Two central questions in the foundations of mathematics are: "What is a proof?" and "What does it mean to be equal?".
The answers to these questions vary enormously, both through time, but also from one culture to another. The modern mathematical proof may seem the most rigorous of all alternatives. Still, the ideal of well-documented, accountable knowledge, communicated with a proof certificate, is in no way reached. Typically, the validity of extremely complicated mathematical proofs is still supported only by the community's trust in peer review performed by a few acknowledged experts.
Since the modern society depends on mathematics, secure foundations are important. In the digital era we have powerful tools for verifying (and to some extent generating) formal mathematical proofs. The central challenge is finding a language that has sufficient expressive power, and at the same time can be mechanically processed in an efficient way. Homotopy type theory addresses exactly this challenge.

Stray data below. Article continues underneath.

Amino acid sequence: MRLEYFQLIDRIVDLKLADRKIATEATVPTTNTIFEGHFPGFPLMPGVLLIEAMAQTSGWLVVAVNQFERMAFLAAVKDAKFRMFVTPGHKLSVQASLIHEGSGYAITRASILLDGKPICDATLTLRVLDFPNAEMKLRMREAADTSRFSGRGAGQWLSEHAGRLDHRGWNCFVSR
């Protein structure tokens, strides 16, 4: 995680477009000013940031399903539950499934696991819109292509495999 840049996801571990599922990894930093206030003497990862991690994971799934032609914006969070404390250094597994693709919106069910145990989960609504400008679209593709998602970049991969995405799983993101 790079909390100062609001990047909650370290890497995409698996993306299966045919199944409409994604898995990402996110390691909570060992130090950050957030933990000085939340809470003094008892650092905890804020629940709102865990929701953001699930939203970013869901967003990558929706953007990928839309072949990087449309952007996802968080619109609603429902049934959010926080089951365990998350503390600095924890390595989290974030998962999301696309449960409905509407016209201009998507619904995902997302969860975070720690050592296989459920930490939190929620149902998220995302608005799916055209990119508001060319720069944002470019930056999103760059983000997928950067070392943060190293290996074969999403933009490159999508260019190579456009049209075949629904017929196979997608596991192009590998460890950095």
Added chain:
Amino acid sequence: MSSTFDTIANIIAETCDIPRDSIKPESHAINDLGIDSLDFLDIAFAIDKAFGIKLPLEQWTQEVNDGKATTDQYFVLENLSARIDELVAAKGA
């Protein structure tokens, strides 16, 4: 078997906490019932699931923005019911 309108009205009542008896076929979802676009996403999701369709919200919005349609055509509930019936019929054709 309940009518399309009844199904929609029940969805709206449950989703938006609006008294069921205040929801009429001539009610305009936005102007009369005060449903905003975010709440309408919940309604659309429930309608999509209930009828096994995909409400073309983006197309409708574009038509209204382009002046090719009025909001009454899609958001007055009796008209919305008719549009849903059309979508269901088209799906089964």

In this approach equality has a topological interpretation, yielding great flexibility. Our project aims at further exploring this novel foundation of mathematics, and apply it to verify some challenging mathematical theories.